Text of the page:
Between approximately 12:00 a.m. and 1:00 a.m. on October 22, 2011, Deputy Patterson removed Oakes from her holding cell to transport her to the WVRJ. Deputy Patterson was instructed to transport Oakes using a transport van equipped with camera surveillance. However, instead, he placed Oakes in the front passenger seat of his service vehicle. While traveling to the WVRJ, Deputy Patterson fondled Oakes' breasts and, after unlocking Oakes' left hand cuff, demanded that she touch his groin. Deputy Patterson drove past the WVRJ entrance to a nearby church parking lot where he continued to sexually assault Oakes.[2] Only when a dispatcher called over the radio, "asking Deputy Patterson for his location and inquiring why it was taking so long for his prisoner to arrive" did he stop his assault and transport her to the WVRJ.[3] Id. at ¶ 43.

Count I alleges claims for assault and battery against Deputy Patterson, Sheriff Hunt, and Sheriff Overton, in his official capacity. Count II alleges a negligence claim against the WVRJ. Count III alleges claims for gross negligence against Sheriff Hunt and Sheriff Overton, in his official capacity. Count IV brings a claim under 42 U.S.C. §§ 1983 and 1988 against Deputy Patterson and Sheriff Hunt. Finally, the amended complaint also asks for punitive damages against Deputy Patterson, Sheriff Hunt, and Sheriff Overton, in his official capacity. Defendants Sheriff Hunt, Sheriff Overton and the WVRJ have moved to dismiss Oakes' claims pursuant to Rule 12(b)(6) of the Federal Rules of Civil Procedure.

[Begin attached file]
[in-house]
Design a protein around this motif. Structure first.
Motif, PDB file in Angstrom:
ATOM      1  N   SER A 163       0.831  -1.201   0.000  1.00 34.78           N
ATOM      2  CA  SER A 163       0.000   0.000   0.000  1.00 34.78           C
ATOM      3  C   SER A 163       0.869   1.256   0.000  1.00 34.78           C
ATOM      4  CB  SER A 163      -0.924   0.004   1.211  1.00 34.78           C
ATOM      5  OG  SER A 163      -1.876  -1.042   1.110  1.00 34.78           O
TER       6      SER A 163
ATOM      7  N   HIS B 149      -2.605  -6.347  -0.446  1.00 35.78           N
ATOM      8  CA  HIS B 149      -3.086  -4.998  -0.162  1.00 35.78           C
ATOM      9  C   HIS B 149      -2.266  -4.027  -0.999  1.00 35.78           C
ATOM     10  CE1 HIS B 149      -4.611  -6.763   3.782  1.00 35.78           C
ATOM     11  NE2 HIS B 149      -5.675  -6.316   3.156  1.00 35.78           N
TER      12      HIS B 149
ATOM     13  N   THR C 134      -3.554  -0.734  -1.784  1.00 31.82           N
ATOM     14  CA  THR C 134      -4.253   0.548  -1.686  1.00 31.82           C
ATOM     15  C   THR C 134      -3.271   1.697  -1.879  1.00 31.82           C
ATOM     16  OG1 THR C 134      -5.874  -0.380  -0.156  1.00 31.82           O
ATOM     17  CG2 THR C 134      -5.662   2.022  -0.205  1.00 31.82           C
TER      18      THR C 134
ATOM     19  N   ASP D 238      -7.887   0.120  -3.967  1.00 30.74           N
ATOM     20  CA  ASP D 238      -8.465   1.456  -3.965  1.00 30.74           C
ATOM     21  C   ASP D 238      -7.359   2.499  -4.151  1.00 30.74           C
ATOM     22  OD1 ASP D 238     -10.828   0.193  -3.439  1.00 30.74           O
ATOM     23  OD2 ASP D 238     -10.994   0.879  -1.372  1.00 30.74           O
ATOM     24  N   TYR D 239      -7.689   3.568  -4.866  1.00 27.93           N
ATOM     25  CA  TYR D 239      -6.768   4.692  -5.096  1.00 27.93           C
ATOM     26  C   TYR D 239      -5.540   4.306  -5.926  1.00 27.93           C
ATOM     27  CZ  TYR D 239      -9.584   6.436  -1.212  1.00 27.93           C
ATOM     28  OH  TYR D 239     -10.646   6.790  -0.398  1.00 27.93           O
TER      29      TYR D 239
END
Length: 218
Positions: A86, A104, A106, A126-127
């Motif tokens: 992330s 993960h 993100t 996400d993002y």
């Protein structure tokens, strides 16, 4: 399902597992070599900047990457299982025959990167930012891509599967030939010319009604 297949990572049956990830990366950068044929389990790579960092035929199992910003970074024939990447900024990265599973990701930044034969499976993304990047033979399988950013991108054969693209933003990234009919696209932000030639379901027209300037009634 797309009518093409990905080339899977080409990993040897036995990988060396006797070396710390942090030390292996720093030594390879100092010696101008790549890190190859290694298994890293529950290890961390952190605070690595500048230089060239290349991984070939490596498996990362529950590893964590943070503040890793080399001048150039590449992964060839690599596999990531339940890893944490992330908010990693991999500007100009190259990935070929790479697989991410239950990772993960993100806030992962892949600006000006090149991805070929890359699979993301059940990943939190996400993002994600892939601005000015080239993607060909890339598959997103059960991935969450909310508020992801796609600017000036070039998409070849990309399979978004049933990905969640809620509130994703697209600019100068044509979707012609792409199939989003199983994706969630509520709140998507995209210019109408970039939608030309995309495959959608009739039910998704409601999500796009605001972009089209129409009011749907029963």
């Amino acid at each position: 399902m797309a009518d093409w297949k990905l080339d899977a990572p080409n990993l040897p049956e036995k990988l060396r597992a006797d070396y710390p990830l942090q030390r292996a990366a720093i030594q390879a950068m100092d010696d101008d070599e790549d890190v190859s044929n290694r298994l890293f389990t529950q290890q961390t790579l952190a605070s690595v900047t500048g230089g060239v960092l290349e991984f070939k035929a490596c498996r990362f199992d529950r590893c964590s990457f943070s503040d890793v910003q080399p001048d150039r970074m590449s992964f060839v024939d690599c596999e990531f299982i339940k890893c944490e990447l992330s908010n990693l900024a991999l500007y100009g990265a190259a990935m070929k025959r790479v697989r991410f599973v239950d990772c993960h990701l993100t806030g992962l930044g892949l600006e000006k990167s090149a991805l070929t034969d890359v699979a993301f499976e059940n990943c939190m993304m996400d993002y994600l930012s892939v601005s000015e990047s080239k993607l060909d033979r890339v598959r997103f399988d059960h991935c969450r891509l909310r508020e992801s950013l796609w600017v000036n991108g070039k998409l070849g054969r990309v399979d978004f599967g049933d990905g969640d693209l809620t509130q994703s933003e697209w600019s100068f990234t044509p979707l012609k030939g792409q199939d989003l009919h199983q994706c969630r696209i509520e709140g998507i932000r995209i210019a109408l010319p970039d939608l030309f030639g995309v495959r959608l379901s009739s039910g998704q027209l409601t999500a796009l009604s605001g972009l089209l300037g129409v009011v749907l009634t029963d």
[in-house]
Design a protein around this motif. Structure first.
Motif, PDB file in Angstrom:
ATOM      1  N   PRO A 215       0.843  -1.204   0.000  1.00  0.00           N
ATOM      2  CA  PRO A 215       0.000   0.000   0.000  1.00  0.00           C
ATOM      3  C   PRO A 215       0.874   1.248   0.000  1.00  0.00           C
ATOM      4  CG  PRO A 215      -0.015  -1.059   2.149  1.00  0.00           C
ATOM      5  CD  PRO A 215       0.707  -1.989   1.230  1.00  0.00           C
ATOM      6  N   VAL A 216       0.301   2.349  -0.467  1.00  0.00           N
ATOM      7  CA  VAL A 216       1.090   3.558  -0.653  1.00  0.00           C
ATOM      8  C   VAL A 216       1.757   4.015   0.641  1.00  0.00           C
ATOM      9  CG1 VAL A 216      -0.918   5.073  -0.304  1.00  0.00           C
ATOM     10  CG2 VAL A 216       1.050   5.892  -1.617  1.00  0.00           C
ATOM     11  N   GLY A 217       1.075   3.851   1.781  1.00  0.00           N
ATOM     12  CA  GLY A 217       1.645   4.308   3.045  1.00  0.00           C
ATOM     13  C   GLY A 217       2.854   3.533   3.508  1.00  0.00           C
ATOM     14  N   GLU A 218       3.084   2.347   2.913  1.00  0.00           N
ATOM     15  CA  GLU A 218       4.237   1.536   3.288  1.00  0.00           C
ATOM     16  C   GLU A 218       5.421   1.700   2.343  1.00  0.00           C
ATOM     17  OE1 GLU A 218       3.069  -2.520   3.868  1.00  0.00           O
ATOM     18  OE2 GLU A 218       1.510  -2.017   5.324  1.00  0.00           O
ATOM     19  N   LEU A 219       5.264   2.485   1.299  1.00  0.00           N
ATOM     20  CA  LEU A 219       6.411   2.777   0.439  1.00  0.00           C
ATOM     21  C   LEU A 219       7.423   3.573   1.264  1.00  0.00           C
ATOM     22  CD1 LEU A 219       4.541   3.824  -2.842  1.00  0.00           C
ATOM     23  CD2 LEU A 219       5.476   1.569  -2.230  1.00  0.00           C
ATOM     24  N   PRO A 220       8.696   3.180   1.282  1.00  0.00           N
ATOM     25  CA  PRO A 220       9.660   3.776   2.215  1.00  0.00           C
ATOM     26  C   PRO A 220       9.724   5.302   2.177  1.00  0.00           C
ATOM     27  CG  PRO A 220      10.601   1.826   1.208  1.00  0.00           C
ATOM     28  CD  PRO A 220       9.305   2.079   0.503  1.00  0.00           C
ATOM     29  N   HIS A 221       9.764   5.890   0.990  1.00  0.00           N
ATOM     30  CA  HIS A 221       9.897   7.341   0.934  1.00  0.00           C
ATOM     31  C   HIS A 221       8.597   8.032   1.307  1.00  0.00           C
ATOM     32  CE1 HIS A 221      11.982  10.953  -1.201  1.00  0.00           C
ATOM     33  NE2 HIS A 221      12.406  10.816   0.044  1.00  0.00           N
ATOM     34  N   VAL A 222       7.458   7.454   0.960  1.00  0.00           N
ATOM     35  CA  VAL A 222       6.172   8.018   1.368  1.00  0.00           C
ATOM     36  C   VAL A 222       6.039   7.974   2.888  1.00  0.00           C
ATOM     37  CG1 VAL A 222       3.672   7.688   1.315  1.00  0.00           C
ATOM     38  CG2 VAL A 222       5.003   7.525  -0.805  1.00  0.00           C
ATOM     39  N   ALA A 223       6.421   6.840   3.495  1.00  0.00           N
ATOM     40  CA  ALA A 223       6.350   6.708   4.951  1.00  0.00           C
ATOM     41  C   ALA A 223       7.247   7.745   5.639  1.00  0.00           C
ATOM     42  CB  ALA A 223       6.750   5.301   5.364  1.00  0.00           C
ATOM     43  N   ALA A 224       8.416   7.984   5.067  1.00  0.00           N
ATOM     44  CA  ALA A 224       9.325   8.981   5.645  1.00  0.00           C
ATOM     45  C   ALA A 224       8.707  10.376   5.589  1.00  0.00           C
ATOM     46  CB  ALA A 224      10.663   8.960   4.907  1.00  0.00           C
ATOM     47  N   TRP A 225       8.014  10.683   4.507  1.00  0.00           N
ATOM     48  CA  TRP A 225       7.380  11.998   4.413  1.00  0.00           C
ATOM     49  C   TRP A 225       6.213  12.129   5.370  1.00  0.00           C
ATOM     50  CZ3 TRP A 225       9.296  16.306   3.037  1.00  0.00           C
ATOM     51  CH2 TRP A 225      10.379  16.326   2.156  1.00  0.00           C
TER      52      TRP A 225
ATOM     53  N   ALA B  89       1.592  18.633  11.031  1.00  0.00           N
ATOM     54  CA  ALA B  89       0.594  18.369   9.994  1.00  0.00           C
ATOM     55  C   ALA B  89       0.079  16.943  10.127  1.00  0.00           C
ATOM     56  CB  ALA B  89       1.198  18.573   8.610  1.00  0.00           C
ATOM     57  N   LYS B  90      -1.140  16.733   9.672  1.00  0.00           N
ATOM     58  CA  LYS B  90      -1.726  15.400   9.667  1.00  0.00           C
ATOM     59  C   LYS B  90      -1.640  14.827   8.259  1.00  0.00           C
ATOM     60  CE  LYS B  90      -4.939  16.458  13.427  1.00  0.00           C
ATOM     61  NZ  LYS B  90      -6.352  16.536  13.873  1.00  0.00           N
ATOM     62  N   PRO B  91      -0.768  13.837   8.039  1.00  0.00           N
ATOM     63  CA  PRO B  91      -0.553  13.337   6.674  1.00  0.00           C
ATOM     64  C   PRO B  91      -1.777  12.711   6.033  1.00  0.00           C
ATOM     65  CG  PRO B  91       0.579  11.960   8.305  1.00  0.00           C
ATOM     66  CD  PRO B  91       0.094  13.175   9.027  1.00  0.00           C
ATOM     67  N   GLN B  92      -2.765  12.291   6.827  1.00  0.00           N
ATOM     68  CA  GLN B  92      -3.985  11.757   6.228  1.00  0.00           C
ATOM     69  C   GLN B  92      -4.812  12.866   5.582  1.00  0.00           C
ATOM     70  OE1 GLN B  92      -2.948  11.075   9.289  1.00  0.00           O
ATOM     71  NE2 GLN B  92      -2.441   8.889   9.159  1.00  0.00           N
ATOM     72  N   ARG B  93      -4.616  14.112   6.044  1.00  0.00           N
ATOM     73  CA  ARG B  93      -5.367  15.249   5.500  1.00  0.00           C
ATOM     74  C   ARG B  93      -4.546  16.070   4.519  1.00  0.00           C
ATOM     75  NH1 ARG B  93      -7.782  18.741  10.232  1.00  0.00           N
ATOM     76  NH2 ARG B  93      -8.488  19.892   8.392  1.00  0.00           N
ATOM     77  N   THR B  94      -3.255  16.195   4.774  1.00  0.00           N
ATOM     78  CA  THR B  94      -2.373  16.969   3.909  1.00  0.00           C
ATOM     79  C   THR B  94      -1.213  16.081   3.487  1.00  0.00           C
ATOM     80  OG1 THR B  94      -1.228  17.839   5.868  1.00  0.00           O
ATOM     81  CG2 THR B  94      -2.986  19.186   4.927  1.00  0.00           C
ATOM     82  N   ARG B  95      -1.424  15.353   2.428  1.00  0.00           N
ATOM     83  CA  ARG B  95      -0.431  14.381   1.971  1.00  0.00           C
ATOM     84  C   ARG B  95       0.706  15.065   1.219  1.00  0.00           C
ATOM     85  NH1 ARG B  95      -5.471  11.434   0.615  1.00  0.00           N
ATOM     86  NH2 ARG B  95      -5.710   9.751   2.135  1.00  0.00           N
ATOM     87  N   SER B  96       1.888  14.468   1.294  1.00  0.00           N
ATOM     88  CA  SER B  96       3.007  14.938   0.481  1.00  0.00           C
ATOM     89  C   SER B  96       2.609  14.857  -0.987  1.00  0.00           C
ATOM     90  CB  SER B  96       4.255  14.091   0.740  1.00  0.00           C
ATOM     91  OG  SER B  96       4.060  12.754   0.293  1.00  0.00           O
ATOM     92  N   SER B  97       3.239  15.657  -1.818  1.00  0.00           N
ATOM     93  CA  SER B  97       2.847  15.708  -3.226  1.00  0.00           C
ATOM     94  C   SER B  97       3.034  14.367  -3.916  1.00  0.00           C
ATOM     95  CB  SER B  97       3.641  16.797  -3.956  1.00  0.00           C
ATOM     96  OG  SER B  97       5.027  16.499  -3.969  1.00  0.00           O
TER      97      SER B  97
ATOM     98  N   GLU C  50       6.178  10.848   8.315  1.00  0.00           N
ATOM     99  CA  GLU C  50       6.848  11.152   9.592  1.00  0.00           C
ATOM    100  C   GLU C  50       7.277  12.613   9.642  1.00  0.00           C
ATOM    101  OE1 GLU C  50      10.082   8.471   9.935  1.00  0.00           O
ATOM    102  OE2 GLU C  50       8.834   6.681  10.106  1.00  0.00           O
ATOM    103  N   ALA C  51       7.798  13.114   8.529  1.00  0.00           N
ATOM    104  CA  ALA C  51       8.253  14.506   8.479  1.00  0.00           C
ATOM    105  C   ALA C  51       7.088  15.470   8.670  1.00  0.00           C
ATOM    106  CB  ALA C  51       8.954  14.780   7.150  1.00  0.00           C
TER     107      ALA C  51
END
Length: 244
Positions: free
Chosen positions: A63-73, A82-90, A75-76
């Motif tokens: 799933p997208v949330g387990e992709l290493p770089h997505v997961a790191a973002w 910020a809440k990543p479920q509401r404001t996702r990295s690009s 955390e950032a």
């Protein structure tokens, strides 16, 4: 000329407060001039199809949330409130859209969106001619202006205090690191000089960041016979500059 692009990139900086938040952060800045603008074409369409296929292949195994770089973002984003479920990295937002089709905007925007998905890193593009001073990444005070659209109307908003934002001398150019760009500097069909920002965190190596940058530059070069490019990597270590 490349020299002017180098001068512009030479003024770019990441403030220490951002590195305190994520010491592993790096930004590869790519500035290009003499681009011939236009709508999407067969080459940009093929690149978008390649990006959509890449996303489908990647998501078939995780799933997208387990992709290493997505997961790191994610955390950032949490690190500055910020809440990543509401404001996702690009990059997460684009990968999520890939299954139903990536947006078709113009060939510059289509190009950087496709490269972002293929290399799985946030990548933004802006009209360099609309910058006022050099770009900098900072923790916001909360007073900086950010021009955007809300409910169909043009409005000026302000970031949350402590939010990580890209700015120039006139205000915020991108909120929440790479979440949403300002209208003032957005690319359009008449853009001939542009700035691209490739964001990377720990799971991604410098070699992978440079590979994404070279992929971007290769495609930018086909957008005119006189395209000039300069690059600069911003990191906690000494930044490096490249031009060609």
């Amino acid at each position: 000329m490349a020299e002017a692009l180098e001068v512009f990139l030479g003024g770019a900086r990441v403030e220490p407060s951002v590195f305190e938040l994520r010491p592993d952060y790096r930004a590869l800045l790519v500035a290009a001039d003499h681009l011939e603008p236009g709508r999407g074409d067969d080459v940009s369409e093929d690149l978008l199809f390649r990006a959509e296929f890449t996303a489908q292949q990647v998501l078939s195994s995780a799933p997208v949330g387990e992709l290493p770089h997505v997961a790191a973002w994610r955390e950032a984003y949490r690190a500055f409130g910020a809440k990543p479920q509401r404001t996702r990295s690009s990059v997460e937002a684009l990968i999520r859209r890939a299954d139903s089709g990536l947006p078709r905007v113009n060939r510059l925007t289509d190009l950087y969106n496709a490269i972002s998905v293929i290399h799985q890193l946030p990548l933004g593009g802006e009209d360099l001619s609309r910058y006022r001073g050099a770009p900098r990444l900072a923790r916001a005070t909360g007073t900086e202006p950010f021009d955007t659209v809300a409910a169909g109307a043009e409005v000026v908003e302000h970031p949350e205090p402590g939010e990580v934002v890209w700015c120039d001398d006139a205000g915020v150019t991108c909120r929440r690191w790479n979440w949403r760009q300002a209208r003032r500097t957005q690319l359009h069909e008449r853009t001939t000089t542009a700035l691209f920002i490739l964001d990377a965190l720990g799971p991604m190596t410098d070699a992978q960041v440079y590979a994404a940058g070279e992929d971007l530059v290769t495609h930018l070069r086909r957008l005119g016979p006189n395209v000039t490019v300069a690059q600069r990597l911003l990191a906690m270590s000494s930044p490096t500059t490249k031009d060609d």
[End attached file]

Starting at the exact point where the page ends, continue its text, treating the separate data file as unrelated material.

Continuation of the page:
To survive a motion to dismiss under Federal Rule of Civil Procedure 12(b)(6), a complaint must contain sufficient factual matter which, accepted as true, "state[s] a claim to relief that is plausible on its face." Ashcroft v. Iqbal , 556 U.S. 662, 678 (2009) (quoting Bell Atl. Corp. v. Twombly , 550 U.S. 544, 570 (2007)). Under the plausibility standard, a complaint must contain "more than labels and conclusions" or a "formulaic recitation of the elements of a cause of action." Twombly , 550 U.S. at 555. This plausibility standard requires a plaintiff to demonstrate more than "a sheer possibility that a defendant has acted unlawfully." Iqbal , 556 U.S. at 678. When ruling on a motion to dismiss, the court must "accept the well-pled allegations of the complaint as true" and "construe the facts and reasonable inferences derived therefrom in the light most favorable to the plaintiff." Ibarra v. United States , 120 F.3d 472, 474 (4th Cir. 1997). While the court must accept as true all well-pleaded factual allegations, the same is not true for legal conclusions. "Threadbare recitals of the elements of a cause of action, supported by mere conclusory statements, do not suffice." Iqbal , 556 U.S. at 678; see also Wag More Dogs, LLC v. Cozart , 680 F.3d 359, 365 (4th Cir. 2012) ("Although we are constrained to take the facts in the light most favorable to the plaintiff, we need not accept legal conclusions couched as facts or unwarranted inferences, unreasonable conclusions, or arguments.") (internal quotation marks omitted). Thus, in order to survive a Rule 12(b)(6) motion, the complaint must present sufficient nonconclusory factual allegations to support a reasonable inference that the plaintiff is entitled to relief and the defendant is liable for the unlawful act or omission alleged. See Francis v. Giacomelli , 588 F.3d 186, 196-197 (4th Cir. 2009) (citing Iqbal , 556 U.S. at 678-79, and Gooden v. Howard Cnty., Md. , 954 F.2d 960, 969-70 (4th Cir. 1992) (en banc)). Determining whether a complaint states a plausible claim for relief is "a context-specific task that requires the reviewing court to draw on its judicial experience and common sense." Iqbal , 556 U.S. at 679.